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Practical Traveler
From Wikipedia, the free encyclopedia

Travel is the transport of people on a trip or journey. Reasons for travel include:
Tourism—travel for recreation. This may apply to the travel itself, or the travel may just be the necessary investment to arrive at a desired location.
Visiting friends and family
Commuting–going to various routine activities, such as work or meetings.
Migration—travel to begin life somewhere else; nomadic people do this
Pilgrimages—travel for religious reasons
The word originates from the Middle English word travailen ("to toil"), which comes from the French word travailler ("travail").

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From Wikipedia, the free encyclopedia

The 4-star Manor House Hotel at Castle Combe, Wiltshire, England. Built in the fourteenth century, the hotel has 48 rooms and 365 acres (1.5 km²) of gardens.
A small hotel in Mureck, Austria which has preserved its 1960s exterior and interior
An upscale hotel room in the Renaissance Hotels chain in the U.S.
A hotel is an establishment that provides paid lodging, usually on a short-term basis. Hotels often provide a number of additional guest services such as a restaurant, a swimming pool or childcare. Some hotels have conference services and meeting rooms and encourage groups to hold conventions and meetings at their location.
Hotels differ from motels in that most motels have drive-up, exterior entrances to the rooms, while hotels tend to have interior entrances to the rooms, which may increase guests' safety and present a more upmarket image.

1 Origins of the term
2 Services and facilities
3 Classification
4 Boutique hotels
5 Famous hotels
6 Unusual hotels
6.1 Treehouse hotels
6.2 Cave hotels
6.3 Ice hotels
6.4 Garden hotels
6.5 Underwater hotels
6.6 Other unusual hotels
7 World-record setting hotels
7.1 Tallest
7.2 Largest
7.3 Oldest
8 Living in hotels
9 Hotels in fiction
10 Other usage

Origins of the term
The word hotel derives from the French hôtel, which referred to a French version of a townhouse, not a place offering accommodation (in contemporary usage, hôtel has the meaning of "hotel", and hôtel particulier is used for the old meaning). The French spelling (with the circumflex) was once also used in English, but is now rare. The circumflex replaces the 's' once preceding the 't' in the earlier hostel spelling, which over time received a new, but closely related meaning.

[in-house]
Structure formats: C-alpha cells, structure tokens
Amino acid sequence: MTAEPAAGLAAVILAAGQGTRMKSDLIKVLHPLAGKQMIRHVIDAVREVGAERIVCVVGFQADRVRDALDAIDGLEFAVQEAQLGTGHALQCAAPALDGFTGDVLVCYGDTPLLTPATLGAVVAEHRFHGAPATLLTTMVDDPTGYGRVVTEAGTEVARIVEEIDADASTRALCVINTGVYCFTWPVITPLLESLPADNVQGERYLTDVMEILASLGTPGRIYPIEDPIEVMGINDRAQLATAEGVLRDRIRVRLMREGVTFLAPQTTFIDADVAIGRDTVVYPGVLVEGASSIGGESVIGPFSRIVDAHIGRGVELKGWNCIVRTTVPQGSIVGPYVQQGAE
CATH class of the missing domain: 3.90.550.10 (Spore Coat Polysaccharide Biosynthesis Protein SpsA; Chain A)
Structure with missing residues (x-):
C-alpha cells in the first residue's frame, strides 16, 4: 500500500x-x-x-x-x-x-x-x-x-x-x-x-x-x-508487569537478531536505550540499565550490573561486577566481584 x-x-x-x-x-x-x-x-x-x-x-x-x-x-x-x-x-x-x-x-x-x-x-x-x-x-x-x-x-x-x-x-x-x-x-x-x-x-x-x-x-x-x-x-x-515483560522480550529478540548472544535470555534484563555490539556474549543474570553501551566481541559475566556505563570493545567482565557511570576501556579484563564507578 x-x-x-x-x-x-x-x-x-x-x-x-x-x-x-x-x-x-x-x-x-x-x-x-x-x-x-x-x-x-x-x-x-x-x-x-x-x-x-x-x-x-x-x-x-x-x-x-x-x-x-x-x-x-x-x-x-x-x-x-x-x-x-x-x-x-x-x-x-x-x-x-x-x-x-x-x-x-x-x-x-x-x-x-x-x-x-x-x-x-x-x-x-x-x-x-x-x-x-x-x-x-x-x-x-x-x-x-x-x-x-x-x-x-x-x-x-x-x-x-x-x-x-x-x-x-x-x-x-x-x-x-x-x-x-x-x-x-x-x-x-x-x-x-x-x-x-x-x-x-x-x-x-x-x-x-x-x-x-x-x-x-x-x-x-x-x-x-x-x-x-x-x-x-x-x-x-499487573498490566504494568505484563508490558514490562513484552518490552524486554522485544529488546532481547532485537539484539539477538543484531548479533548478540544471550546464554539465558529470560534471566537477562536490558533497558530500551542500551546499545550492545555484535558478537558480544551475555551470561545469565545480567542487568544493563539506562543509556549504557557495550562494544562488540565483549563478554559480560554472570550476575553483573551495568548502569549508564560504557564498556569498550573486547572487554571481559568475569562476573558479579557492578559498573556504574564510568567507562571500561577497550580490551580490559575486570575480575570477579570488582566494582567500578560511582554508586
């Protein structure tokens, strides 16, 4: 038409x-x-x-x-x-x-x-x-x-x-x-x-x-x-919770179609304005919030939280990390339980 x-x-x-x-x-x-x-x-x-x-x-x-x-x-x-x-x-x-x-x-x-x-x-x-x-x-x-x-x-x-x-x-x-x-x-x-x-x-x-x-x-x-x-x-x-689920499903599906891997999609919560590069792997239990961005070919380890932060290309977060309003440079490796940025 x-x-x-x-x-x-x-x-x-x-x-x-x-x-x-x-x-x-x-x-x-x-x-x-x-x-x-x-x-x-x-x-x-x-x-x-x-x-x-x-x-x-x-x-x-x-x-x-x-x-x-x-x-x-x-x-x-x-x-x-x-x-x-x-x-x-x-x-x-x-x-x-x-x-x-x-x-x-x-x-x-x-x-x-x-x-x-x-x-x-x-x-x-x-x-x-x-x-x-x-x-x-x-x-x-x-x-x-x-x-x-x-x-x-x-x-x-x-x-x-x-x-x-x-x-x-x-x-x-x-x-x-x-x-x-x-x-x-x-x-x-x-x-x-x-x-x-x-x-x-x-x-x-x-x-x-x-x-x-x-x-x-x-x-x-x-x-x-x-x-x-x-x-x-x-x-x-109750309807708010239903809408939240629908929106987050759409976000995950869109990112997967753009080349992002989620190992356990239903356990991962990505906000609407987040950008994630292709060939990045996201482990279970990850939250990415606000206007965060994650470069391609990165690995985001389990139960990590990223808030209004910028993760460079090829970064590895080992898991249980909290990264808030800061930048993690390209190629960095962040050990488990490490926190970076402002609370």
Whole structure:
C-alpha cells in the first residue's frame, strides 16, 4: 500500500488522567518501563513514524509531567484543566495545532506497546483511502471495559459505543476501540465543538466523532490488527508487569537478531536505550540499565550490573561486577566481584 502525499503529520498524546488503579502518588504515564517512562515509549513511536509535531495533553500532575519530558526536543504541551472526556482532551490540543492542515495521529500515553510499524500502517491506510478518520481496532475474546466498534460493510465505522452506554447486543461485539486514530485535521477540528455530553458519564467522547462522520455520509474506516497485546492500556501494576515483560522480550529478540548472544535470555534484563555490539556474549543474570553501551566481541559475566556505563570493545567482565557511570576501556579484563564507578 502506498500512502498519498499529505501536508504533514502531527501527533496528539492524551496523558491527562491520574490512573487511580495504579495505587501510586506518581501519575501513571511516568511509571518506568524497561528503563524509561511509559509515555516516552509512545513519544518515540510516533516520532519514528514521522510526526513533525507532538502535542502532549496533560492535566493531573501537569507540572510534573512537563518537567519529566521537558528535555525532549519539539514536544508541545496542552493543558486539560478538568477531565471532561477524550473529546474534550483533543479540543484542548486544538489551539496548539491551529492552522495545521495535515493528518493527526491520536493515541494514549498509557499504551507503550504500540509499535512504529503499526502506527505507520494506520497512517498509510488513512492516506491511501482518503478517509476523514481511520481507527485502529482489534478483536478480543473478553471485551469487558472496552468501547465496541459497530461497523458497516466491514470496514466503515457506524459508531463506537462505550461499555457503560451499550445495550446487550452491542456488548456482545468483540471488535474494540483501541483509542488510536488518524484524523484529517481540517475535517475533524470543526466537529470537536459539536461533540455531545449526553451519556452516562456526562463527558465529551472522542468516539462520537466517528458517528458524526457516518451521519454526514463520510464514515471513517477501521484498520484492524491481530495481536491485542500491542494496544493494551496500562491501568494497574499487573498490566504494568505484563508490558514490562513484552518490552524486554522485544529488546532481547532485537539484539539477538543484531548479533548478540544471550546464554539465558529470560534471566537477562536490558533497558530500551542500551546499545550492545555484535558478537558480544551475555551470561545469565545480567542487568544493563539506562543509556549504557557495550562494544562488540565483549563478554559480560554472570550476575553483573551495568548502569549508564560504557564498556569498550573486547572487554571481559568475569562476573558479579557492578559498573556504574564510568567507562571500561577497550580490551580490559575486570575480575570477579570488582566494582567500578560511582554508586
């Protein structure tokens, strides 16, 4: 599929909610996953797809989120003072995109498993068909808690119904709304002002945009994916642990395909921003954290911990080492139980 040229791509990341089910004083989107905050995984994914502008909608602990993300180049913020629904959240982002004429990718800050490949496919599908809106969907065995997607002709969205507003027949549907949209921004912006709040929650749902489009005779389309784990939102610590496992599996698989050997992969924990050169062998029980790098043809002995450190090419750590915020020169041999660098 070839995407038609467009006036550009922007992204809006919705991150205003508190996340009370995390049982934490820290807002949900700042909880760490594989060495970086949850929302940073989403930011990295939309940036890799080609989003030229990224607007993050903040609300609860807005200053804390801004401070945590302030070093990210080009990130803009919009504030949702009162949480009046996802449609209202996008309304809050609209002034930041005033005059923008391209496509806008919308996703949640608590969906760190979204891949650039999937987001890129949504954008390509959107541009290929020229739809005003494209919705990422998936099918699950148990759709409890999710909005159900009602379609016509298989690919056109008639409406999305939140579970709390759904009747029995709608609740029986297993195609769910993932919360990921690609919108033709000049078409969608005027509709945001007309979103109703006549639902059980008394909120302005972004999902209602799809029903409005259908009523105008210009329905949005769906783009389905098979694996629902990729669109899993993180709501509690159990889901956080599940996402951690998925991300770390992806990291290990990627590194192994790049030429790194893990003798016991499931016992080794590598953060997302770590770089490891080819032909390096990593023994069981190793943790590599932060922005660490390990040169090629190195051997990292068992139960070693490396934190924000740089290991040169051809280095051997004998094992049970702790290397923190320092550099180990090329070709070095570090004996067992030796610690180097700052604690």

Services and facilities
Basic accommodation of a room with a bed, a cupboard, a small table and a washstand only has largely been replaced by rooms with en-suite bathrooms and climate control. Other features found may be a telephone, an alarm clock, a TV, and broadband Internet connectivity. Food and drink may be supplied by a mini-bar (which often includes a small refrigerator) containing snacks and drinks (to be paid for on departure), and tea and coffee making facilities (cups, spoons, an electric kettle and sachets containing instant coffee, tea bags, sugar, and creamer or milk).

In the United Kingdom a hotel is required by law to serve food and drinks to allcomers within certain stated hours; to avoid this requirement it is not uncommon to come across "private hotels" which are not subject to this requirement.
However, in Japan the capsule hotel supplies minimal facilities and room space.

The cost and quality of hotels are usually indicative of the range and type of services available. Due to the enormous increase in tourism worldwide during the last decades of the 20th century, standards, especially those of smaller establishments, have improved considerably. For the sake of greater comparability, rating systems have been introduced, with the one to five stars classification being most common.

Boutique hotels